Thanks to these internal NKVD investigations, we now know a wealth of particulars about the executions of Czechs and many other victims of the Great Terror. For example, the security personnel reported that when they were shooting the sentenced prisoners – of which there used to be hundreds every night – in the yard and the parking garages of the Oblast headquarters of the NKVD in Zhytomyr, blood would run under the gates and into the street. Therefore, they had to dig a drainage ditch in the yard. The trucks that took the dead bodies outside the town were sealed with rags, but they would still leave bloody tracks behind.
They kept hoping that dad would come back home
The relatives claim that they only learned the truth about the fate of the 80 Czech men – the fact that they were not taken to camps in the Siberia but instead were shot a few months after arrest and buried in a mass grave on the outskirts of Zhytomyr – about ten years later. It was in 1947, and many of the bereaved women were preparing for a trip back to Czechoslovakia arranged by Czechoslovak authorities in an attempt to resettle the borderland, having deported the Sudeten Germans. Reportedly, the women who were about to leave were approached by the leader of the local band in Cheska Kroshnya. He was Polish by nationality, his name was Zagorski, and he said: “‘You see, I can tell you now. I couldn’t tell you before because my life was in danger too. The men aren’t coming back. They were all taken to Zhytomyr and that’s where they were shot.’ We asked how he knew. He said: ‘Well, I used to go to Zhytomyr to play music every day. It was my job, and I used to come back at three in the morning. As I walked past the wall, there was always a stream of blood running under the fence and I could hear groaning. I knew there was a pit there and that’s where the bodies were thrown. It all happened behind a fence. I saw it, but I couldn’t tell you about it, or else I’d get into trouble myself. I used to just mind my own music. Not a single one of them has stayed alive, so you might as well just pack up and leave. Don’t wait for anyone’,” Marie Šimková says.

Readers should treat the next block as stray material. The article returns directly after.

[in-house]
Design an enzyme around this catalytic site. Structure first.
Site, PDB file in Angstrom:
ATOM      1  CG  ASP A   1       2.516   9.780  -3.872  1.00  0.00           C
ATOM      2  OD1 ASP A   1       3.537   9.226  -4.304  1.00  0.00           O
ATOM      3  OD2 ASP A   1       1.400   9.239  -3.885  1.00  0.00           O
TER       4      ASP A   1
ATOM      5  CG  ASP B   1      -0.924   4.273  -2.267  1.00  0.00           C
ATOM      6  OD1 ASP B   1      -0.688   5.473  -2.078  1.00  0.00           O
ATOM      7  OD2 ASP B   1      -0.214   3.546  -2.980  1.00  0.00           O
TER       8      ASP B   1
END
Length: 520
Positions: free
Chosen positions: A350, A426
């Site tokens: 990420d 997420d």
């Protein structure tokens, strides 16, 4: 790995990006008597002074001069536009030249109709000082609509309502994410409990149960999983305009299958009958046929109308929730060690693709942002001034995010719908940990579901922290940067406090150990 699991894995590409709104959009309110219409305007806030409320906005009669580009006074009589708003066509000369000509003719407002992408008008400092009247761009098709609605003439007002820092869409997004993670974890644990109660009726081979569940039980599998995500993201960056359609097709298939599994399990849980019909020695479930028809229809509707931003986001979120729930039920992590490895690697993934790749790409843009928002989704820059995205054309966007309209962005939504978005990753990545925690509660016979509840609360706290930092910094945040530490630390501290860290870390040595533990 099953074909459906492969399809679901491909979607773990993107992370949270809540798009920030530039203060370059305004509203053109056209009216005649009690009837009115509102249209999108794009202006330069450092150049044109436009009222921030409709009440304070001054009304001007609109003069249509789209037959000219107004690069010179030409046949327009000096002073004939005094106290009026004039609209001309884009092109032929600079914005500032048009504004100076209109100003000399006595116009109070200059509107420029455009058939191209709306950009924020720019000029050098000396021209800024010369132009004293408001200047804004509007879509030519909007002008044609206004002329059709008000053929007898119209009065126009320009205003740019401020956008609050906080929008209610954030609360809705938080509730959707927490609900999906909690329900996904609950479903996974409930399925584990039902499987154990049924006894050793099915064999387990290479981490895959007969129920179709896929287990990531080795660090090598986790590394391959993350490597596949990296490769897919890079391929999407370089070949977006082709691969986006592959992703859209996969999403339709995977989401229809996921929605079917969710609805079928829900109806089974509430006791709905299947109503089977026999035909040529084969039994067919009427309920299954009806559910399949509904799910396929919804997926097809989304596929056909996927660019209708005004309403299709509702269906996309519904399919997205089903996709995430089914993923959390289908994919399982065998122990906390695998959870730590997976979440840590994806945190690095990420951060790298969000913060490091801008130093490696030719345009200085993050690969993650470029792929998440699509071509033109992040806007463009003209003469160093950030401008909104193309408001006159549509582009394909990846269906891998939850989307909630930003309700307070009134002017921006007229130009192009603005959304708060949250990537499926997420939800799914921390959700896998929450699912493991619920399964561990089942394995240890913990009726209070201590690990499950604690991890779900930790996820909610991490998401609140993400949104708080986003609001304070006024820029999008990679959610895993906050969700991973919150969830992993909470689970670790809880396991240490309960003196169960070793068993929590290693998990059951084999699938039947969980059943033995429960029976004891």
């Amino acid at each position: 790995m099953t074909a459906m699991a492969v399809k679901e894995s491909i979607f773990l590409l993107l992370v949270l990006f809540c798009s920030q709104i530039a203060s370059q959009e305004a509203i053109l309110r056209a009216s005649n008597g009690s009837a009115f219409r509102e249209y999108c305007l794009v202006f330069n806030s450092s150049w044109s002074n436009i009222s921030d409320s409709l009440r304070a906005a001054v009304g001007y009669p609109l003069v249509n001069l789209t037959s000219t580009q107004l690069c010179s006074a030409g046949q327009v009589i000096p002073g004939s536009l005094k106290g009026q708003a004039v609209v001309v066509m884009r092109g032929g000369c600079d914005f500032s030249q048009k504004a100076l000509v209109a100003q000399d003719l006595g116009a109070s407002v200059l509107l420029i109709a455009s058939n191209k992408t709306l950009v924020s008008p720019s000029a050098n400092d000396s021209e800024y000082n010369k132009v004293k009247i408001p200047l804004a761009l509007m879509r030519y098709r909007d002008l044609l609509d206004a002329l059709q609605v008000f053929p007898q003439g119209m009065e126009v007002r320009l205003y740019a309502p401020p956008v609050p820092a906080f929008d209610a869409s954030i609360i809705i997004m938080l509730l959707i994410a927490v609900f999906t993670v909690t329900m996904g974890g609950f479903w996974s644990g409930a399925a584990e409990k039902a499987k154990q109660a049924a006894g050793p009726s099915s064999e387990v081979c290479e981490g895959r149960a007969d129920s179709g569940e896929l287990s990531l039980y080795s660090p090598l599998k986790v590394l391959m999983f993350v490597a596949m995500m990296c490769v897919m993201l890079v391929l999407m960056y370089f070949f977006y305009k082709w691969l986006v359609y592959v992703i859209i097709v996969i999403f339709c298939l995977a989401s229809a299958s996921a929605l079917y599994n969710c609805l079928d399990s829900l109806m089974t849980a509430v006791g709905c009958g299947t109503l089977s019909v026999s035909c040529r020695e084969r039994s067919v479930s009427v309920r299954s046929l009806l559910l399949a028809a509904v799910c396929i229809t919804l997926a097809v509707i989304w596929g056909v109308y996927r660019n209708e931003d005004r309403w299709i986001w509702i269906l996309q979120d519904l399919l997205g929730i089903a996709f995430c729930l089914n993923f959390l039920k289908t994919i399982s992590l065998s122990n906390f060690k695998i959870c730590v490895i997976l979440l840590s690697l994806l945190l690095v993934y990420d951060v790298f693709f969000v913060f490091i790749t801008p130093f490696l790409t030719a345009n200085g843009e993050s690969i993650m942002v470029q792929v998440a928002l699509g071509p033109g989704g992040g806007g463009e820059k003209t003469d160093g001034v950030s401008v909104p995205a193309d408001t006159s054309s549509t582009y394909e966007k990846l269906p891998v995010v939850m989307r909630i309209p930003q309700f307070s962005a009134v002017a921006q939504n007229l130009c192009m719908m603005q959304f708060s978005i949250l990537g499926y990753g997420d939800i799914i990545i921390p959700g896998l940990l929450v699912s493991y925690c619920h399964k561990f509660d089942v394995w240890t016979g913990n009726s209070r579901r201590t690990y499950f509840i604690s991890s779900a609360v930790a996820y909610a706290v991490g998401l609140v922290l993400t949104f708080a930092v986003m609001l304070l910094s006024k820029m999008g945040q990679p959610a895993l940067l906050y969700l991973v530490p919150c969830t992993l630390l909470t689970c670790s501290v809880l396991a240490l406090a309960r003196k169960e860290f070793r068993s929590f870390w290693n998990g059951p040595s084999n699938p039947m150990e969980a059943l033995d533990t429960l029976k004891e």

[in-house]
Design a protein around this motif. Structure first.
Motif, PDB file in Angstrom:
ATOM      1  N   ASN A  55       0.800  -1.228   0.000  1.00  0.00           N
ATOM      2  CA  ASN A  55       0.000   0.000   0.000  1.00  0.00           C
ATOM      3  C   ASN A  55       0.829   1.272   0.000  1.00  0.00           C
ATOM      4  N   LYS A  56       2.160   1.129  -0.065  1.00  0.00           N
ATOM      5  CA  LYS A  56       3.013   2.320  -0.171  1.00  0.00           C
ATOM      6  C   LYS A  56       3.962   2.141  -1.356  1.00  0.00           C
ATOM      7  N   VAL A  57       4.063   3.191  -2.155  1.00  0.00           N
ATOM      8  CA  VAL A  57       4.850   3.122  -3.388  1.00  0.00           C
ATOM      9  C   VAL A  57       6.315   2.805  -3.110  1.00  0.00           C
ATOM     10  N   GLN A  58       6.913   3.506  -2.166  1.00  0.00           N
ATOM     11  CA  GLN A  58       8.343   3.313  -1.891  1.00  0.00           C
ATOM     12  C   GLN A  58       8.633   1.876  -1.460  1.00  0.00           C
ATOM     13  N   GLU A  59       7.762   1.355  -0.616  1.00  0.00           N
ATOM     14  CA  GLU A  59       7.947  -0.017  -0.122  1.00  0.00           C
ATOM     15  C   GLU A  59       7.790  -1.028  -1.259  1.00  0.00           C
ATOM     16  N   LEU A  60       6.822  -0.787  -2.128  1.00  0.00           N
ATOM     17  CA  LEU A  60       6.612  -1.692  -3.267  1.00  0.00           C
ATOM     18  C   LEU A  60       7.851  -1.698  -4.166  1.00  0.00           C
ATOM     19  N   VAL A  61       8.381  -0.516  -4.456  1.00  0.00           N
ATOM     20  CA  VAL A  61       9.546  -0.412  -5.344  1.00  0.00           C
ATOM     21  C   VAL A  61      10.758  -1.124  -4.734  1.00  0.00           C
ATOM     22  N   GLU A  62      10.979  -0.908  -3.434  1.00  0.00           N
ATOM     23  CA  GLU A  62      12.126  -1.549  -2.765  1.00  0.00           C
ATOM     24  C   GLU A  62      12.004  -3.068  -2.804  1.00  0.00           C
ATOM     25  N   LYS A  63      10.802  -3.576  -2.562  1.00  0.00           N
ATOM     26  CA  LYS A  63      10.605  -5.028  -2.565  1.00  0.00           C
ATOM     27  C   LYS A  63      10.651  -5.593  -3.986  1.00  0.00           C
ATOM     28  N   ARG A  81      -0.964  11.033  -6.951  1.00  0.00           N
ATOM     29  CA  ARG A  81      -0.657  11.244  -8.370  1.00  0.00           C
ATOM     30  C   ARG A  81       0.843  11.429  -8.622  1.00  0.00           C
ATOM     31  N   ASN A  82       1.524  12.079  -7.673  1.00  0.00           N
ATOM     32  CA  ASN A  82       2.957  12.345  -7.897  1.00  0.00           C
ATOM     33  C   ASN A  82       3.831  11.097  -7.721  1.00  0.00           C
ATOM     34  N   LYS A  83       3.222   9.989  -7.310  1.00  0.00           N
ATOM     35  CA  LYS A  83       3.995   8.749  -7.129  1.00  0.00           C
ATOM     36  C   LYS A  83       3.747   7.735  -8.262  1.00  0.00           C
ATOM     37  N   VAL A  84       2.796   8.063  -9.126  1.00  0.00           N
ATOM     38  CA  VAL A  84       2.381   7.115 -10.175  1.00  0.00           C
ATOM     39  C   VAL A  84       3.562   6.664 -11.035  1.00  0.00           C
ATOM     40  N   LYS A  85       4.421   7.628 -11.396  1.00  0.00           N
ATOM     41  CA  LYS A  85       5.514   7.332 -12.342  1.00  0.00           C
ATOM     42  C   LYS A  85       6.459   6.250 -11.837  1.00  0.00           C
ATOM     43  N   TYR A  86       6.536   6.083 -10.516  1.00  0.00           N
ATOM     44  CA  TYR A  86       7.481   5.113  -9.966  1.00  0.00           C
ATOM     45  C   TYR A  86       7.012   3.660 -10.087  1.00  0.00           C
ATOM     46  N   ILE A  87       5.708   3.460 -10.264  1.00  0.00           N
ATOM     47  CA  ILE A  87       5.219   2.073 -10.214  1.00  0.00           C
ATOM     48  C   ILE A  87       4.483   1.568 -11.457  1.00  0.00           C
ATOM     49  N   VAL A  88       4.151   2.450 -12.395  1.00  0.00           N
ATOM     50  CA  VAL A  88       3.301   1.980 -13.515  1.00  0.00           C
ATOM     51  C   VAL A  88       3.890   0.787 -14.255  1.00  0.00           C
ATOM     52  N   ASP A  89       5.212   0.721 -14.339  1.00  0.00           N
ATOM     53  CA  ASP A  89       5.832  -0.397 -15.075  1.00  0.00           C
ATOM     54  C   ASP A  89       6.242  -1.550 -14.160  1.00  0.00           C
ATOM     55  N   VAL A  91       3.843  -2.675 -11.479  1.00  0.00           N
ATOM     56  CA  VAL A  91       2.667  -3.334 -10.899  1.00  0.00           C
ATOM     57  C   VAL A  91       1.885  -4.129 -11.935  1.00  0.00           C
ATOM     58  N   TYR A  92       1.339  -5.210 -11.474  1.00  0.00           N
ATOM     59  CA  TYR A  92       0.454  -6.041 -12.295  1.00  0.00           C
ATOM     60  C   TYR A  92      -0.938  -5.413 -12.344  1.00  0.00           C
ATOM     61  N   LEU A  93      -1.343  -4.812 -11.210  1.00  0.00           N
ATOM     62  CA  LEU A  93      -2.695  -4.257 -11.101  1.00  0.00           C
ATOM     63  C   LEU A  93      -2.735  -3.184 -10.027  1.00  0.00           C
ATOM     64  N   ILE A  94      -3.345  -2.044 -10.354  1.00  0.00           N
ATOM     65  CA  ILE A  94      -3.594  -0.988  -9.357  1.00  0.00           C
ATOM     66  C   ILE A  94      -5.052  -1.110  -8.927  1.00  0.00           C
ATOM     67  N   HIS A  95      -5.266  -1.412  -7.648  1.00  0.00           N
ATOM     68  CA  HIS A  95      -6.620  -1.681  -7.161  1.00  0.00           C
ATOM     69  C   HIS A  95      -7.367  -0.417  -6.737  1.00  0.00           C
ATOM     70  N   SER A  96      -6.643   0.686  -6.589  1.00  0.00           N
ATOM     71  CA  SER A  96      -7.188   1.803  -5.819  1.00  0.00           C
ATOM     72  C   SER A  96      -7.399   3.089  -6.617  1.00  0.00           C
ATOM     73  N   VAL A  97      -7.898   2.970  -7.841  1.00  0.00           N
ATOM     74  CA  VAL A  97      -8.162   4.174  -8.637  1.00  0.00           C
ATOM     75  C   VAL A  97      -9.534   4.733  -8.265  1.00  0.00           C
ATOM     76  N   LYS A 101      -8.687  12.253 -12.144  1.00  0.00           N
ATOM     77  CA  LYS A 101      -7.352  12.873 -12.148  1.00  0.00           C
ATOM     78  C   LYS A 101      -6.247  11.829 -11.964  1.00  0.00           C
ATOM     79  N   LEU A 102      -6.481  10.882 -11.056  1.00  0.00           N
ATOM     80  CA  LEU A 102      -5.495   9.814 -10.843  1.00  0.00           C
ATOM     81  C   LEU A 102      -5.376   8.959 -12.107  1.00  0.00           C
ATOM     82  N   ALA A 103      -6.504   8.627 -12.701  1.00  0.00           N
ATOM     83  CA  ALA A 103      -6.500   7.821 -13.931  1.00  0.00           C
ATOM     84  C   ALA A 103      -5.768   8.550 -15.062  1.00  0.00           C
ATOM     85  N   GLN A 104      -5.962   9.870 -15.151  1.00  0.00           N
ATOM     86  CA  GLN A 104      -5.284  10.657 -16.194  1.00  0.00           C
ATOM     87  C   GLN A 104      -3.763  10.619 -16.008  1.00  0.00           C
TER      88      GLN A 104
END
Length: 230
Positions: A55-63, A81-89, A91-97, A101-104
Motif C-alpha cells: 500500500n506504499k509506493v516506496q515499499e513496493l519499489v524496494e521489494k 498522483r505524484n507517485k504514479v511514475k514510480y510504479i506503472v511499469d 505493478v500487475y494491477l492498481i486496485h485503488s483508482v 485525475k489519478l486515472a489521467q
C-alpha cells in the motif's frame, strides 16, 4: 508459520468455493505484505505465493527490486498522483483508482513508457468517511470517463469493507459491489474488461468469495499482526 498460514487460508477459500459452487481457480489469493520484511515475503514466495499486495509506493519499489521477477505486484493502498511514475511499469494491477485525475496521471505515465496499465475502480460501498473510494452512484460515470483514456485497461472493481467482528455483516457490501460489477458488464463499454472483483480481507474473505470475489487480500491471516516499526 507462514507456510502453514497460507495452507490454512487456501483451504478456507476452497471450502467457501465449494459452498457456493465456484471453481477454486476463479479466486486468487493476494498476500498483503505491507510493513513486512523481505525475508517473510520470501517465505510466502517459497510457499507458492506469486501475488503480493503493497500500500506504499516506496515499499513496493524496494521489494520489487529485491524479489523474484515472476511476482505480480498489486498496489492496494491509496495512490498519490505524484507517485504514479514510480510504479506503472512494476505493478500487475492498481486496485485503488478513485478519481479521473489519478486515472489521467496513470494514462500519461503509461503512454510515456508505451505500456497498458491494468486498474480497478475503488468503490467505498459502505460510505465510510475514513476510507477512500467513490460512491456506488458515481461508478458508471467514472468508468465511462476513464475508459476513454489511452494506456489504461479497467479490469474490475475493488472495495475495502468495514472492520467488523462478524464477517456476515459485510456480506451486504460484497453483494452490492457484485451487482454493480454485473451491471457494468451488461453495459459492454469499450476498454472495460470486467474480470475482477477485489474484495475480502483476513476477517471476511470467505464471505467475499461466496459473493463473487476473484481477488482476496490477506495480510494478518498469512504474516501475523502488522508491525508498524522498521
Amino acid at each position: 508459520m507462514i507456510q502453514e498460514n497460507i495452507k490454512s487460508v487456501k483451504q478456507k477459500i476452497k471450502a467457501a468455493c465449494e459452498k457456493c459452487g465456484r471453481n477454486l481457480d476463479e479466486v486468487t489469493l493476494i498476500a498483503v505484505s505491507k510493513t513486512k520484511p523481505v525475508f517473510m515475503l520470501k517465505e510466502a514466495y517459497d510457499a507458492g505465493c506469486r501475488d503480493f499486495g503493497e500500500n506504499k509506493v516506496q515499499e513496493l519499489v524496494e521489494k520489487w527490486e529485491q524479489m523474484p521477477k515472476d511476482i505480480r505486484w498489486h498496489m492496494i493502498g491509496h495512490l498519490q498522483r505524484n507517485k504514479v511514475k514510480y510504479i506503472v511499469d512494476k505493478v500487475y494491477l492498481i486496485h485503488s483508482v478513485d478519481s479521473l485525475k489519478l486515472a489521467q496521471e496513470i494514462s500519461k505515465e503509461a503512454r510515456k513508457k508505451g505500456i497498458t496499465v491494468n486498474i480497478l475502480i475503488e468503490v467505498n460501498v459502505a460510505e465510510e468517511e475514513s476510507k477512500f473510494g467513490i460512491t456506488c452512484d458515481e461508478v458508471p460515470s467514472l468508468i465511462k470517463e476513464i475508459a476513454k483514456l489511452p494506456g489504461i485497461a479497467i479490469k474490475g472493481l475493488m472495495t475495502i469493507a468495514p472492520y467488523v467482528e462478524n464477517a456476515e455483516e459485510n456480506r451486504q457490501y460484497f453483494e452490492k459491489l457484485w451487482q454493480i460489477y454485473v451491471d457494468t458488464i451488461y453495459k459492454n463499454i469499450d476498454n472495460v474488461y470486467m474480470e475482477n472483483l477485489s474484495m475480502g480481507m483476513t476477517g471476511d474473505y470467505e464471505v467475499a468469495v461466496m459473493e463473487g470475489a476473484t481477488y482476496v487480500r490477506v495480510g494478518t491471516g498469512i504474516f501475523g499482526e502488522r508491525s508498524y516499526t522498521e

Not everyone believed that, of course, and they continued searching and writing letters to the NKVD, courts, and Moscow. “We thought that, while on a train to Siberia, there was simply no way that one of them wouldn’t drop a piece of paper with a message that they were still alive. But no; nothing at all. We wrote letters to Moscow but never got a reply… That’s what we were thinking. We had no idea that they would just kill them all – literally each and every one of them. I mean, I don’t think even Hitler committed such atrocities. I don’t know. It was horrible,” Ms Šimková says, her voice heavy with emotion.